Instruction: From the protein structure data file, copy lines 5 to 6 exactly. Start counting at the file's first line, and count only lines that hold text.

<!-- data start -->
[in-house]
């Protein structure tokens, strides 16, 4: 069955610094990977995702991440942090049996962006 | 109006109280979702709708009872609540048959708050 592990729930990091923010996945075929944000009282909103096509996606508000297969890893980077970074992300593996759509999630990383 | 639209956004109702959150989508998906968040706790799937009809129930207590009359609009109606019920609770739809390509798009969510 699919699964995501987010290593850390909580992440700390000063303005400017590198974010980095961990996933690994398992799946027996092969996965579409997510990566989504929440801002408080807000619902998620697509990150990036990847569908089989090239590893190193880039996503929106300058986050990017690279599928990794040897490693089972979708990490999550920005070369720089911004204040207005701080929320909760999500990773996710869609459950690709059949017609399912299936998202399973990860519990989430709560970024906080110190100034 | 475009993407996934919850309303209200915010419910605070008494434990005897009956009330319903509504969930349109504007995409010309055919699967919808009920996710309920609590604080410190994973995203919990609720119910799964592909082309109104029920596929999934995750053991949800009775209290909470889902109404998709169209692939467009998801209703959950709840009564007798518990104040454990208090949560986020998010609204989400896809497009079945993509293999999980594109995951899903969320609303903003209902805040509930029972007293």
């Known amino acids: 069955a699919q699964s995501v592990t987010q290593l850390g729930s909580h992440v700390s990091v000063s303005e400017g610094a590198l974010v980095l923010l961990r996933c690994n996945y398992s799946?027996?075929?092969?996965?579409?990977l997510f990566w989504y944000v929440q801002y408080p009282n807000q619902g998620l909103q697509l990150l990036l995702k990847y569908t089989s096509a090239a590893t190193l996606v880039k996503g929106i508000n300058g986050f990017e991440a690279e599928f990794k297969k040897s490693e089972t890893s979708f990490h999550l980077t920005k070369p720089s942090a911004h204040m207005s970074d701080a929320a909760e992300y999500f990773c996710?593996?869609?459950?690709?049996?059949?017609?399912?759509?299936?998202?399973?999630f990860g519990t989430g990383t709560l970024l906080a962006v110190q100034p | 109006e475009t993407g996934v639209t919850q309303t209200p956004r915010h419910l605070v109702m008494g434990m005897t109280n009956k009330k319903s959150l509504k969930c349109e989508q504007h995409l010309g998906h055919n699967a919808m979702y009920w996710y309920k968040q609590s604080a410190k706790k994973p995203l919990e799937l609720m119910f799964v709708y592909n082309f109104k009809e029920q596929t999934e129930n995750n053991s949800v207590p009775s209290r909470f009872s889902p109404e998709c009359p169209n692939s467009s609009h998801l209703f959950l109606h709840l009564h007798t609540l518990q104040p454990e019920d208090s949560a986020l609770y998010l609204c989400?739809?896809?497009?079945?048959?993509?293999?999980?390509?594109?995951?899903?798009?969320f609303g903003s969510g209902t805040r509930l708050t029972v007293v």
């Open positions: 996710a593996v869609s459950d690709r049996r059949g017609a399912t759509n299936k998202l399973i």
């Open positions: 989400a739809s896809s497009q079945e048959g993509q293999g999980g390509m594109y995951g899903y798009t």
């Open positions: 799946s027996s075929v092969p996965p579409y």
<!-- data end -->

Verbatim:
């Open positions: 989400a739809s896809s497009q079945e048959g993509q293999g999980g390509m594109y995951g899903y798009t």
């Open positions: 799946s027996s075929v092969p996965p579409y």